Common Sense Up-Tracks

By Jon Turk

I’ve been seeing some pretty weird up-tracks lately. Which leads me to speak out.

An up-track should be safe. DUH! I was following a young woman the other day and she set the track right across the biggest avalanche trigger convexity on the whole mountain. Another up-track switch-backed right up the middle of an avalanche gully. I mean, if the gully would have triggered, it would have taken out the whole party. If I die skiing the gnar, so be it. But I sure don’t want to die with my skins on.

An up-track should conserve the ski line. It’s a lot of work to climb a mountain. The reward is to ski untracked, soft, flowy POW. I’ve had someone tell me that if I’m not good enough to ski through multiple switch-backed up-tracks running right up the ski line, then I have no business being out there. Well, I am good enough to ski through up-tracks. But I Don’t Want TO.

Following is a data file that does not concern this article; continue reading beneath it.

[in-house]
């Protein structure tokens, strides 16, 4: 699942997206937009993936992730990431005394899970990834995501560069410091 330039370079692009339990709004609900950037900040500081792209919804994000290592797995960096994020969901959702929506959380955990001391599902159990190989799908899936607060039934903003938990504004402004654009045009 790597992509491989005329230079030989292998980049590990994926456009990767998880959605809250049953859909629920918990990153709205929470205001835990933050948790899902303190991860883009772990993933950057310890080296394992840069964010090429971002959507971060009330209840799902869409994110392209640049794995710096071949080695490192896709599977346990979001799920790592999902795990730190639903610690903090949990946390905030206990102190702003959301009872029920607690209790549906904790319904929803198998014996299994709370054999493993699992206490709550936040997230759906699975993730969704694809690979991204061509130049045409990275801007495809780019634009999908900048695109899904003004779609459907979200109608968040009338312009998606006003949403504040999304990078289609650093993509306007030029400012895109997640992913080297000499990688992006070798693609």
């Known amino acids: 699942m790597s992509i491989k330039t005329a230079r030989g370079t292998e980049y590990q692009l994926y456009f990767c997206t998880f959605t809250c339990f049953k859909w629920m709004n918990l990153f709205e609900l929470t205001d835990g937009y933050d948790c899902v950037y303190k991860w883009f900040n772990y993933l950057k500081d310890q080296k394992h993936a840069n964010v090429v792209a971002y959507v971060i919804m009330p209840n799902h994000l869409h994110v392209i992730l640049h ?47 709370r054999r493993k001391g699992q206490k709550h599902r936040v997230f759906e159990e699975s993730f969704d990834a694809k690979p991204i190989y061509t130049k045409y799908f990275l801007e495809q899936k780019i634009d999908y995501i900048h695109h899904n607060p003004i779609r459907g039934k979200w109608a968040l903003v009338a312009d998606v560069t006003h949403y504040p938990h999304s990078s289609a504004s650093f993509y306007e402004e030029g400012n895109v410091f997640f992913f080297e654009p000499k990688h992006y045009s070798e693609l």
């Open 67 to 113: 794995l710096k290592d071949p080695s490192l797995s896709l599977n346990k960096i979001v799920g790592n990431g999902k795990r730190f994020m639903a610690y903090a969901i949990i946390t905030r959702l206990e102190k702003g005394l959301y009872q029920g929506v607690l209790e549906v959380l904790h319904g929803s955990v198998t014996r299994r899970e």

Now here’s one that really gets me. I was climbing right up the middle of one of my favorite ski lines, following some ding-bat’s up-track, and then another ding-bat decided that we needed a totally new up-track, also right up the middle, but a few meters away. And then a third ding-bat put up a third up track. I’m not making this up. I guess if I’m good enough to ski through one up-track, I should be good enough to ski through THREE criss-crossing up-tracks. But I Don’t Want TO.

An up-track is a work of art, not a contest. If you make it too steep, it’s just a struggle. And all the thrashing gets you up the hill slower and with more effort and frustration. Oh yeah, I know that there are times when you have to go steep to get around an obstacle, but then mellow out. It’s about flow, for speed and efficiency.

All this seems common sense to me. If I’m being obnoxious, write in; Let’s discuss this.